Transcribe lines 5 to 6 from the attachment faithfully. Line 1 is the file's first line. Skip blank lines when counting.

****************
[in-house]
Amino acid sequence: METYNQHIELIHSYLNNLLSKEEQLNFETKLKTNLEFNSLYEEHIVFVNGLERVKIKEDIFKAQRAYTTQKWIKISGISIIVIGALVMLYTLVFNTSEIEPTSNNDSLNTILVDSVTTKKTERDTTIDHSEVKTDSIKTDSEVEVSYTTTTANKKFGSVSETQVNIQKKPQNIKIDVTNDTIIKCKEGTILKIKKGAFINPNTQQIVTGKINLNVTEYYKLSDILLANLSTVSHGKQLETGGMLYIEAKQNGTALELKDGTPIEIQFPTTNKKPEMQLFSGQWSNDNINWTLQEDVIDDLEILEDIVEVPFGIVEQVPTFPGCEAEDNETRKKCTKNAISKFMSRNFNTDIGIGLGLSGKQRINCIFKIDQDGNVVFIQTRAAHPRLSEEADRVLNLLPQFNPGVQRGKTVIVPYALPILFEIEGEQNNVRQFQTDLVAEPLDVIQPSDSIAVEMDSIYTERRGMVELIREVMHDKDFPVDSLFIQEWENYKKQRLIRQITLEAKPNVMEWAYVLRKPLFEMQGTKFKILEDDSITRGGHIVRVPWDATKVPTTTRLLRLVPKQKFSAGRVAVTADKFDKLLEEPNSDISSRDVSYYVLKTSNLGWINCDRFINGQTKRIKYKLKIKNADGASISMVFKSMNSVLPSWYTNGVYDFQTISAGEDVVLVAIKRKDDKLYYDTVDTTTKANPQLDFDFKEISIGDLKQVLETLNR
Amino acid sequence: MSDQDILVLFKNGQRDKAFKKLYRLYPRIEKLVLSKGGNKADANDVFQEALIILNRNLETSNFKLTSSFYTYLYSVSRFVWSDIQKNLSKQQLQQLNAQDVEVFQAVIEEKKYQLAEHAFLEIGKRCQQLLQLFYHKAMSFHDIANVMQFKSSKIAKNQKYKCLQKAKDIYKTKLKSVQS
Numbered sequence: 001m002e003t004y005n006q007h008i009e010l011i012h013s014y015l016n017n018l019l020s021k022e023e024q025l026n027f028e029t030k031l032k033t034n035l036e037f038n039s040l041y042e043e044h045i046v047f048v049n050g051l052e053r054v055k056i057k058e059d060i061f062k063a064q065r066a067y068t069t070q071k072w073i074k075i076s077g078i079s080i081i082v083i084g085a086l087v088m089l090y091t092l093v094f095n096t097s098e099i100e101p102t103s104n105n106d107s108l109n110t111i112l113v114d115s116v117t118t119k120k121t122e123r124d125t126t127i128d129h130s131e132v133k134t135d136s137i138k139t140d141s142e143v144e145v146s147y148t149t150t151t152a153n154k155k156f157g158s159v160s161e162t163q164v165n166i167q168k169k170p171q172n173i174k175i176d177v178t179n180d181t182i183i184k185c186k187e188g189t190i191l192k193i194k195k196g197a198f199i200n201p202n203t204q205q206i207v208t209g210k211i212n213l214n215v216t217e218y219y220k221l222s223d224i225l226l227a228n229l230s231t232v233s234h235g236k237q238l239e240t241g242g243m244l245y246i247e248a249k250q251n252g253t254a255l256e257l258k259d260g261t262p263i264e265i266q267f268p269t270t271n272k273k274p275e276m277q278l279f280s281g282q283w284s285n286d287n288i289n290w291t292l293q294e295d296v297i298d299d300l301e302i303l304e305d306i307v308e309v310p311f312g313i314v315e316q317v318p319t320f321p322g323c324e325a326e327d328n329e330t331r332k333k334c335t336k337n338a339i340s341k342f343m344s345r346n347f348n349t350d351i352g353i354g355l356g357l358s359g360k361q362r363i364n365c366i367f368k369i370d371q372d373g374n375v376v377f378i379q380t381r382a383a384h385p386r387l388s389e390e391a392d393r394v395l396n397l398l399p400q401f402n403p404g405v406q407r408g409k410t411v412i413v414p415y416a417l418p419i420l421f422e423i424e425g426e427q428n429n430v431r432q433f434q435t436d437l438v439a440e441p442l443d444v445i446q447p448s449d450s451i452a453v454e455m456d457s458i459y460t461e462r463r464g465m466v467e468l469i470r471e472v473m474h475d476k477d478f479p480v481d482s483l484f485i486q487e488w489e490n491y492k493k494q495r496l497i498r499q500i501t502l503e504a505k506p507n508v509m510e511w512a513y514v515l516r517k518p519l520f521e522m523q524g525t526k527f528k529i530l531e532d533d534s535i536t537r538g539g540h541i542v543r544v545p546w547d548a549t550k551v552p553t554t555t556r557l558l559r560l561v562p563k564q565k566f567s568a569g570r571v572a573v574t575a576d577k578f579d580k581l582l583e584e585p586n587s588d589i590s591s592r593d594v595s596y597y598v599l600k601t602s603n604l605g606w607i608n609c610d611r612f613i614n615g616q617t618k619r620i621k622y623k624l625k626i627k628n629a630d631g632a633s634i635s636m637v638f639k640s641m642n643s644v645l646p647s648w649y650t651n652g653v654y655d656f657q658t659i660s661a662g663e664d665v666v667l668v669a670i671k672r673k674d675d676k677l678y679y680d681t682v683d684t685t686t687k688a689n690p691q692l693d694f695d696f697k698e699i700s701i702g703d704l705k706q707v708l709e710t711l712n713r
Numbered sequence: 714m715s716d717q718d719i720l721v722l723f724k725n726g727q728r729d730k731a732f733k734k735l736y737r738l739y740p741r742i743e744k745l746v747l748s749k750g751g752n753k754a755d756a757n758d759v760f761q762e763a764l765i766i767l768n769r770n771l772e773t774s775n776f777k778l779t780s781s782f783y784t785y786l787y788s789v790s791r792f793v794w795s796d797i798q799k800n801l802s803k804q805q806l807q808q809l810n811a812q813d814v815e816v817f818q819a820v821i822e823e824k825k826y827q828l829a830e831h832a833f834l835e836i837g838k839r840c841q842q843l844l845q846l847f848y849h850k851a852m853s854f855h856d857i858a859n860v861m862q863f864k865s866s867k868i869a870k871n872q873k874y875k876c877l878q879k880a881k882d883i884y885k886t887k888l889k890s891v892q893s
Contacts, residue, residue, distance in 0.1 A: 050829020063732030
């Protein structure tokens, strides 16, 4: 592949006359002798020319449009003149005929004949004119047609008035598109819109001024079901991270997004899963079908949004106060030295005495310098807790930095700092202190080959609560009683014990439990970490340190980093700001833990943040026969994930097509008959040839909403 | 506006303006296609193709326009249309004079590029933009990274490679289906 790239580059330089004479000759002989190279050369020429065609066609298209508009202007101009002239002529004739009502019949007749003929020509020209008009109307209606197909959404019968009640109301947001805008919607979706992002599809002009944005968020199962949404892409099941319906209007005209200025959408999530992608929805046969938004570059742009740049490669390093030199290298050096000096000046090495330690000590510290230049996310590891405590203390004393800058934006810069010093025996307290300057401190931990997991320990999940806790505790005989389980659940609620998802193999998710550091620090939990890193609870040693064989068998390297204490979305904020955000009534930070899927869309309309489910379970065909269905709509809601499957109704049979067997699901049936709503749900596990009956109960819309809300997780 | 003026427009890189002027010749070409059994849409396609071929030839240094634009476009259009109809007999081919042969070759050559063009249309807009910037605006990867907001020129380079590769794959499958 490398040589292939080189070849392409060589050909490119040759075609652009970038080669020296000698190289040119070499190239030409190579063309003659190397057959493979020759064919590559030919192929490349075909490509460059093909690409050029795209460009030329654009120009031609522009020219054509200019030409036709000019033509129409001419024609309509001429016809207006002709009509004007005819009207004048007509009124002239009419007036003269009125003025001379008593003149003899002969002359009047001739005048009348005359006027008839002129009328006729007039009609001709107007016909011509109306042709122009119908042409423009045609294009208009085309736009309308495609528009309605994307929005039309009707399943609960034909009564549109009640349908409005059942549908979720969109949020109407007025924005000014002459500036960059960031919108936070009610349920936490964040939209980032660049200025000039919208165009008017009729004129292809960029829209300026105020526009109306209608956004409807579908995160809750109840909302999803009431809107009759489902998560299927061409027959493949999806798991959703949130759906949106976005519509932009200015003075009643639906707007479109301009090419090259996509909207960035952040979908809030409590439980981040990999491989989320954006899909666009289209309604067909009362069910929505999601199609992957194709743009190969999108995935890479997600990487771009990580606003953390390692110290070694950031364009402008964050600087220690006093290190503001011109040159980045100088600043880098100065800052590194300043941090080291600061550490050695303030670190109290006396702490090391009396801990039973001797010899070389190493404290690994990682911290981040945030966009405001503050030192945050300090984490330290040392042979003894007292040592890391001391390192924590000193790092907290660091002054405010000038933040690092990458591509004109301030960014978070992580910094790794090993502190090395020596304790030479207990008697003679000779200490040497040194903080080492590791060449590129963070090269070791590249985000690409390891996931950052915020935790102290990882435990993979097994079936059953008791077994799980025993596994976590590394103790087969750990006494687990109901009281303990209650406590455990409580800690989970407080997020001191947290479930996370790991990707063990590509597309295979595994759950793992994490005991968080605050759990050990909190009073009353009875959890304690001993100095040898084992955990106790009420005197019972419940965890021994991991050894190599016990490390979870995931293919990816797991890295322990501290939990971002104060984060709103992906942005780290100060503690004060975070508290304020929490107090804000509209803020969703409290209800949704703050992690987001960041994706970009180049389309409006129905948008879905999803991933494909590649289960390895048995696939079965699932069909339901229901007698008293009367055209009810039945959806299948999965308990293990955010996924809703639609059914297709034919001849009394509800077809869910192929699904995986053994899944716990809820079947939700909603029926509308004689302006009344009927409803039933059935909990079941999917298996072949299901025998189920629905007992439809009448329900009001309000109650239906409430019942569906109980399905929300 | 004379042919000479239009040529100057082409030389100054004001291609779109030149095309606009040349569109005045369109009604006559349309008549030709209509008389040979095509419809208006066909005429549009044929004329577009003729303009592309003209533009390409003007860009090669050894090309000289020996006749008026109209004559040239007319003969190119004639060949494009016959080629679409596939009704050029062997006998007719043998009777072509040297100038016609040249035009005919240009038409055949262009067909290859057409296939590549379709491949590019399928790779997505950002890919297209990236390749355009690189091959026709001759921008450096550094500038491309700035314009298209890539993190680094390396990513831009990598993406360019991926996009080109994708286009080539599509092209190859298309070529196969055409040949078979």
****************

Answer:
Numbered sequence: 714m715s716d717q718d719i720l721v722l723f724k725n726g727q728r729d730k731a732f733k734k735l736y737r738l739y740p741r742i743e744k745l746v747l748s749k750g751g752n753k754a755d756a757n758d759v760f761q762e763a764l765i766i767l768n769r770n771l772e773t774s775n776f777k778l779t780s781s782f783y784t785y786l787y788s789v790s791r792f793v794w795s796d797i798q799k800n801l802s803k804q805q806l807q808q809l810n811a812q813d814v815e816v817f818q819a820v821i822e823e824k825k826y827q828l829a830e831h832a833f834l835e836i837g838k839r840c841q842q843l844l845q846l847f848y849h850k851a852m853s854f855h856d857i858a859n860v861m862q863f864k865s866s867k868i869a870k871n872q873k874y875k876c877l878q879k880a881k882d883i884y885k886t887k888l889k890s891v892q893s
Contacts, residue, residue, distance in 0.1 A: 050829020063732030